A joiner has been delighting children around the north-east through lockdown by building them homemade mud kitchens – after battling and beating Covid-19.
Bob Stuart, who lives near Hatton between Ellon and Peterhead, had to take a break from his joinery business when coronavirus restrictions prevented him from entering his clients’ homes.
Instead, he picked up the tools with his children Mya, 8, and Indy, 5, and started to give them practical woodworking lessons.
“We’ve been doing a lot with them, just making things as well as home schooling,” he said.
“We made some picnic benches, then we made a mud kitchen. I actually fitted a proper sink and tap to theirs, because I had a lot of leftovers before I used them all up, from taking them out of folks’ kitchens.
“People were asking, do you do this to order? And I said, well, I can easily make you one.
“It’s just been word of mouth, but on my business page a couple of days ago I said I’d be making these and if anyone wants a price just message me – and I’ve just been bombarded with messages.”
A mud kitchen, Paul explains, is “an outdoor, small-sized kitchen for kids”.
He makes a variety of designs – the bestseller has a sink at either end and an oven fitted with real kitchen hinges on the door, “so it soft-closes like an oven would”.
Lockdown has thrown some unexpected challenges in the way of the 45-year-old and his partner Alana, 39.
The couple ended up ill with coronavirus symptoms while helping care for a relative.
“During the lockdown we’ve been giving end-of-life care to my mother-in-law who passed away just a few weeks ago,” he said.
“It was terrible, it was one of the worst things we’ve ever gone through.
“We didn’t have to be hospitalised, but it’s just lucky we’ve got no underlying issues with breathing. There were days of motion sickness.
“I had a high temperature, Alana not so much. She still can’t taste or smell.”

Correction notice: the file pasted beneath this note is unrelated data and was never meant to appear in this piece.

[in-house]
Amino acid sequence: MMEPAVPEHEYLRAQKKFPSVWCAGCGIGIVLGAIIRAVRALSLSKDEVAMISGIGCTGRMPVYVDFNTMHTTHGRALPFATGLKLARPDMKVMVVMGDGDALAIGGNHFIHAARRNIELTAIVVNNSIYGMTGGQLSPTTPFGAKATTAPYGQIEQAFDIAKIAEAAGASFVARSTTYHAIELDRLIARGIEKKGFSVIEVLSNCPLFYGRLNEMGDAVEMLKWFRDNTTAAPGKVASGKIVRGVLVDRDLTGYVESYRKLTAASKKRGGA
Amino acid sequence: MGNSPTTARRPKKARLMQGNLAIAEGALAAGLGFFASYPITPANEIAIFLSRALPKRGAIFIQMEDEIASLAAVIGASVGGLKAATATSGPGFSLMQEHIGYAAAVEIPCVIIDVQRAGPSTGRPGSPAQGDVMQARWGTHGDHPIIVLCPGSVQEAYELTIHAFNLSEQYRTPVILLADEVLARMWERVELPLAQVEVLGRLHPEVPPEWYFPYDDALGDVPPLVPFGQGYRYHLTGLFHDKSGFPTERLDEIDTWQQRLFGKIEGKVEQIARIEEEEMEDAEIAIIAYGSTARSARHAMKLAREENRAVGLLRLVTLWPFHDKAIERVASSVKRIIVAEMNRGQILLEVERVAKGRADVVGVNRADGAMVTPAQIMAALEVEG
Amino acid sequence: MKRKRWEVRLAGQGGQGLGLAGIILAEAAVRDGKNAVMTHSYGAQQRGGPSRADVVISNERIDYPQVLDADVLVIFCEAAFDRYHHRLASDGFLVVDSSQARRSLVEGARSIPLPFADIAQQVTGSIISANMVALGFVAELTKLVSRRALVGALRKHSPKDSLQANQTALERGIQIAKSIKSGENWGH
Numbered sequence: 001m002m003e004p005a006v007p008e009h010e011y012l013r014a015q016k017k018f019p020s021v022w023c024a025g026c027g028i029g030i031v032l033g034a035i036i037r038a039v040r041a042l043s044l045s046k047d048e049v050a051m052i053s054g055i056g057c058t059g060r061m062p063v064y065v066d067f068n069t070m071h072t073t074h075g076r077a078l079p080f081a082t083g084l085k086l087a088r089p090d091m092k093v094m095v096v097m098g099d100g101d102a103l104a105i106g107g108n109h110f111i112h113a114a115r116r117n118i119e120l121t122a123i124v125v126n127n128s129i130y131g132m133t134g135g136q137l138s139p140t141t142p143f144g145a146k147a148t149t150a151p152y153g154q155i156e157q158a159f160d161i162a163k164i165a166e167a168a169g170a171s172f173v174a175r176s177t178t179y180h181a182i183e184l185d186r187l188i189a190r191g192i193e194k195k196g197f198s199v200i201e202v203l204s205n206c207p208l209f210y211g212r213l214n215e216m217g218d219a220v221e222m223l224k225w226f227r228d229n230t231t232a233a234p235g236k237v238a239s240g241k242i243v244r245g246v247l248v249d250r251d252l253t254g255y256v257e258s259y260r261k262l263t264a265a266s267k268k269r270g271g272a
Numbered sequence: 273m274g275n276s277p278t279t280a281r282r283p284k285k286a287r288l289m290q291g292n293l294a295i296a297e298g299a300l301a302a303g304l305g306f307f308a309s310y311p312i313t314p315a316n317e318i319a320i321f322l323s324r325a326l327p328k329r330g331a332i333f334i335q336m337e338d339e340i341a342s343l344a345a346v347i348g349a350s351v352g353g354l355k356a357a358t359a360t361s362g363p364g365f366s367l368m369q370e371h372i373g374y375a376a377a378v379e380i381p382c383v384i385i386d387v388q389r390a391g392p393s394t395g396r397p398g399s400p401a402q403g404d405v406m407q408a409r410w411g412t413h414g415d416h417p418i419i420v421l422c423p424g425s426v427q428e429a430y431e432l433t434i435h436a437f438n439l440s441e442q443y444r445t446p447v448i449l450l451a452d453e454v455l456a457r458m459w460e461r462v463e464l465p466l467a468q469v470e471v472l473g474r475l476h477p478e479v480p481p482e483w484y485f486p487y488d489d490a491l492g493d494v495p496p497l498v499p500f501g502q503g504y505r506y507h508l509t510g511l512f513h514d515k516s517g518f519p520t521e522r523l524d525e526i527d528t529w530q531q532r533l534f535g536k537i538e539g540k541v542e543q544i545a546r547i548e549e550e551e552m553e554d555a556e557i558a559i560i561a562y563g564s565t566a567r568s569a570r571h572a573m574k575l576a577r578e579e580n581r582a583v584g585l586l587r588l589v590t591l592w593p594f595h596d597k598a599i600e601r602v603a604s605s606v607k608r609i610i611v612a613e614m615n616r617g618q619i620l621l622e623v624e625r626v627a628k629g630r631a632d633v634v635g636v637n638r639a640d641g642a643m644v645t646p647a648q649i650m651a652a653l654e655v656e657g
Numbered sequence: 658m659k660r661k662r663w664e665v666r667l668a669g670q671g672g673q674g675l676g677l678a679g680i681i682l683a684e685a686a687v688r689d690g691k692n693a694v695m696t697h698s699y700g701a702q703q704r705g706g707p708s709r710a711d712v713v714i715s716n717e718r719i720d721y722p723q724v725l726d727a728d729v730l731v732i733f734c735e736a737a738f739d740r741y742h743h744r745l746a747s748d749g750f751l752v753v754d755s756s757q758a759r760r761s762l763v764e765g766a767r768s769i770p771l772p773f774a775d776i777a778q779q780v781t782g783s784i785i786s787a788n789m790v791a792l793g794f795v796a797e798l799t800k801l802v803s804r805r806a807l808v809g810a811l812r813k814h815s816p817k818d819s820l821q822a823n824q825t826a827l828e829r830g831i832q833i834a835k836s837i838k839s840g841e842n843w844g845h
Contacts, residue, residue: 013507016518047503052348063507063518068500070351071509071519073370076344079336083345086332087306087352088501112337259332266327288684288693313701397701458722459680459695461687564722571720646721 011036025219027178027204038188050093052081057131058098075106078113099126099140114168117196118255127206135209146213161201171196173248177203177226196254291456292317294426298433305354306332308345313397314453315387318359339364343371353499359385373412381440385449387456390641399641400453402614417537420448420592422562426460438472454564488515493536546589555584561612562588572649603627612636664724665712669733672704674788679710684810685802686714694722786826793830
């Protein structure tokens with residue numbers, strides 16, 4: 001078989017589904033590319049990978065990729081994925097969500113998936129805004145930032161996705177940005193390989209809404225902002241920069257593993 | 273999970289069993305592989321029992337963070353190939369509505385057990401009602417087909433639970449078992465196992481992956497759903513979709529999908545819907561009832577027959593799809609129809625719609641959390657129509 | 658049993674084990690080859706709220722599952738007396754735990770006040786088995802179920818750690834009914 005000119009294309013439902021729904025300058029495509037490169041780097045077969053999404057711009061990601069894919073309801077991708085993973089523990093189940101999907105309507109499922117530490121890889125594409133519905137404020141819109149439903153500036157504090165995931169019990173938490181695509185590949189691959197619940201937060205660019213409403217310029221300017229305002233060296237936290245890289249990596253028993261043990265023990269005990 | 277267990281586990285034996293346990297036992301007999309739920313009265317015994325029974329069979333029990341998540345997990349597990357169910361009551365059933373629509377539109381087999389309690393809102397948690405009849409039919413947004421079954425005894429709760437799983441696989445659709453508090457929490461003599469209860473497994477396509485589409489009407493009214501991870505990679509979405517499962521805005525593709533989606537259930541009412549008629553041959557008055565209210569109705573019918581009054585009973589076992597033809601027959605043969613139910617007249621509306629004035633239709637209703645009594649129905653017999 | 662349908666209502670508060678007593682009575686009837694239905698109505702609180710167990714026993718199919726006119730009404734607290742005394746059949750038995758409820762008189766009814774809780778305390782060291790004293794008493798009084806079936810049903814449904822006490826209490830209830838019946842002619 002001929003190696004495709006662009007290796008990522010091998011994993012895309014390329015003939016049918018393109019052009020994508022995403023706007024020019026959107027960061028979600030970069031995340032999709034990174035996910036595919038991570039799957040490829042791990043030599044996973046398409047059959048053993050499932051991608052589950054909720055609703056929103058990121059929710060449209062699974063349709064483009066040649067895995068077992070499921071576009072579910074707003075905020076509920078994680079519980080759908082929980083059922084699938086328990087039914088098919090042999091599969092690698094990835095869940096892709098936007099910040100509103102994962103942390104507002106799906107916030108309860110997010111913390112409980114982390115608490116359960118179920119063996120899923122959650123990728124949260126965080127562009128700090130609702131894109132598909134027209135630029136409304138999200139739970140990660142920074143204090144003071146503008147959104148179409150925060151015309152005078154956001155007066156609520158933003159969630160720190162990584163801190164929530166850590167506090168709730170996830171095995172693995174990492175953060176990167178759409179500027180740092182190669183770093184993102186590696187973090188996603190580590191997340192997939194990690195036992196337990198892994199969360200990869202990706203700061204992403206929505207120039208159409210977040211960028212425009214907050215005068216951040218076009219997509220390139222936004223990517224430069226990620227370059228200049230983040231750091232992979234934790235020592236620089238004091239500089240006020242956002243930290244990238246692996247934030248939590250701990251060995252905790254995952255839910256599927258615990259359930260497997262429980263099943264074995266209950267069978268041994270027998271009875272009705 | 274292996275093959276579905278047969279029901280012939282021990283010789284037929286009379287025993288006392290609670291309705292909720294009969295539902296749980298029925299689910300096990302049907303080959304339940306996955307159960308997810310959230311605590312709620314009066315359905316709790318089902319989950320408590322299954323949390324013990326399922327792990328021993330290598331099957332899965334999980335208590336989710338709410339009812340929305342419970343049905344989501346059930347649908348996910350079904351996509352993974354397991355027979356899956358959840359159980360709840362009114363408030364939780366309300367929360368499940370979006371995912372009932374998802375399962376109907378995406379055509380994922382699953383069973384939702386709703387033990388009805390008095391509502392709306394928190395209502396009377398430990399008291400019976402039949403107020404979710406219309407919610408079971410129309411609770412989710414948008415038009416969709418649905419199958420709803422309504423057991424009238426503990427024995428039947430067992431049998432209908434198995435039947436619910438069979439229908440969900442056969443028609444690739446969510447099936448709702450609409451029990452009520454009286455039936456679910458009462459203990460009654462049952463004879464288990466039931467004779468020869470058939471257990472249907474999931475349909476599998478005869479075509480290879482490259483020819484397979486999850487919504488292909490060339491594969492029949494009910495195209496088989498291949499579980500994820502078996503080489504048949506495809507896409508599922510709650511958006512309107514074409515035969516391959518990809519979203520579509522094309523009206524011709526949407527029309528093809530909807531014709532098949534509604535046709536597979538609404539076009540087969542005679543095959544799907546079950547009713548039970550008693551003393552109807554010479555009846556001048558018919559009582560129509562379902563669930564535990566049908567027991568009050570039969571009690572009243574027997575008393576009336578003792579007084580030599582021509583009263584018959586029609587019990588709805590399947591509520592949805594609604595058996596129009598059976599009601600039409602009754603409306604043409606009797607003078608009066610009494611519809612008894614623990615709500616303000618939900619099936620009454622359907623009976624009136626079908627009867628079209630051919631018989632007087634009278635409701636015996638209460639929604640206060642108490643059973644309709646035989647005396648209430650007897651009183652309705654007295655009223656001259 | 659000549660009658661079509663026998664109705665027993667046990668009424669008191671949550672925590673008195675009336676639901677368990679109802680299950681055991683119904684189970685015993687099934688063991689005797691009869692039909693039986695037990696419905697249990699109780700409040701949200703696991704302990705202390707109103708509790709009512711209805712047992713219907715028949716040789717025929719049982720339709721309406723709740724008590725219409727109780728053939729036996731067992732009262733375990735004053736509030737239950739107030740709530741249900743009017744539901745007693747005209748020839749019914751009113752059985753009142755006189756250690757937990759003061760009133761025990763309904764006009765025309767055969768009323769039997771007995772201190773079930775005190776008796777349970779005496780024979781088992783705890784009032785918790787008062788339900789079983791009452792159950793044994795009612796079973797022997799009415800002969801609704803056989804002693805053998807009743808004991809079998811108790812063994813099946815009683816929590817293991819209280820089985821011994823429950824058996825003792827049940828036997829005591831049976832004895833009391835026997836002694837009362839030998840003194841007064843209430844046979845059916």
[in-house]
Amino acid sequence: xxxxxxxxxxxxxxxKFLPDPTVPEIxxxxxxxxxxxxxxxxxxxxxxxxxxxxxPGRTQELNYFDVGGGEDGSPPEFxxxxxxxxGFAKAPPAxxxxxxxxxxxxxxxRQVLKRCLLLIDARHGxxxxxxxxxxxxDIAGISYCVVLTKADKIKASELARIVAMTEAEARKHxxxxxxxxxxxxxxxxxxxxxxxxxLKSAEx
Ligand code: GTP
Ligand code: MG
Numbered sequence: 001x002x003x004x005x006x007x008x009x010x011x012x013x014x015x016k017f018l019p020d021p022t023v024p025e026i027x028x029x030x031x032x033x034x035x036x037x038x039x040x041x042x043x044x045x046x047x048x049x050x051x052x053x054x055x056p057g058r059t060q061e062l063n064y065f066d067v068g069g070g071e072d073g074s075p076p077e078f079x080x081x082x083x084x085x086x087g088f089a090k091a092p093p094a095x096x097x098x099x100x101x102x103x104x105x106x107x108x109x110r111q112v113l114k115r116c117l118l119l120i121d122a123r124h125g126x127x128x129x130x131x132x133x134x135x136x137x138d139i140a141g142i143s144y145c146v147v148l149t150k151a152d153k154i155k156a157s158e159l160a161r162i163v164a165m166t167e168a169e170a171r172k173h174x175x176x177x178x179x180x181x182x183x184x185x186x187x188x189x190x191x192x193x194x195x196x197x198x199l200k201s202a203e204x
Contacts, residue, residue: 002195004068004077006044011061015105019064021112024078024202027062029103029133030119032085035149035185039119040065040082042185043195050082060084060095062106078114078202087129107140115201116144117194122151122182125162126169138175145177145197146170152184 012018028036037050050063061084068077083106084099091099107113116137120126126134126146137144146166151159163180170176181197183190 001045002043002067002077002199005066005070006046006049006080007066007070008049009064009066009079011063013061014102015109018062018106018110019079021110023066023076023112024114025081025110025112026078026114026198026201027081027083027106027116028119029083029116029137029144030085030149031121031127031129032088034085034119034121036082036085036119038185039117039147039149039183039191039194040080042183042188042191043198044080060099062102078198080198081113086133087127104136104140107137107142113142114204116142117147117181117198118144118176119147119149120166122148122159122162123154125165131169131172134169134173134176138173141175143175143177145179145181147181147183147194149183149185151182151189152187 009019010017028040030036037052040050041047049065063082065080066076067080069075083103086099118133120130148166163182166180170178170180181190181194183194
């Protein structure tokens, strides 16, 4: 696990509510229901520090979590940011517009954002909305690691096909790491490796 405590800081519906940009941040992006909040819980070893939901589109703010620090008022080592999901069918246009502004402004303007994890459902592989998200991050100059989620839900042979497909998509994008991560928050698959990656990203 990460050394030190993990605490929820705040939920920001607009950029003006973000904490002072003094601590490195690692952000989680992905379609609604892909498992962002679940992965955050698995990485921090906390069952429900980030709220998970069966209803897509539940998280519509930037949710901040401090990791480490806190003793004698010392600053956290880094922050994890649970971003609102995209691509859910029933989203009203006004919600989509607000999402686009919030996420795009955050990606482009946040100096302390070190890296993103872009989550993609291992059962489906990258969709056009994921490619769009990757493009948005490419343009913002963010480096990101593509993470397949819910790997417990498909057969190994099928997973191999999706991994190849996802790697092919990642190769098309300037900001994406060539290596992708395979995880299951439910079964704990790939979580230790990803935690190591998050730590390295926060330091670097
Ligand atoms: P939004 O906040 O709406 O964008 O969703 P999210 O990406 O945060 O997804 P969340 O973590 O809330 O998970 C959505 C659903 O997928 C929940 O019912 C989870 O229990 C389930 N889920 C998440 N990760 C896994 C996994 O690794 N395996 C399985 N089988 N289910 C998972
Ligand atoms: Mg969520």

He added: “We’ve always stayed positive. We’ve made a lot of things with the girls, they’ve been sanding and drilling with their PPE on, so we’ve just tried to put a brave face on it.”
Bob and Alana have now both recovered, though they both still feel the effects of the illness.
However, that has not stopped Bob from ramping up production of the kitchens, including one particularly special design.
“There was a child with autism whose mum messaged me about a kitchen, and I asked if there was anything that appeals to her.
“She said she likes things that dangle, I said I’d have utensils and tools dangling from the kitchen. She said she likes mirrors, and I said I’d put a plastic mirror on it rather than a chalkboard.
“For autistic kids in lockdown, I think it’s been tough for them – they haven’t really understood, and they’ve got frustrated.”
There is no sign of demand slowing down any time soon, with Bob working on around 25 orders at the moment.
“It was taking a while when I was making them individually, but now I’m making them four or five at a time I can make them quicker.
“It’s just been crazy. My dream in the future was always to work from home, but it might come quicker than I thought!”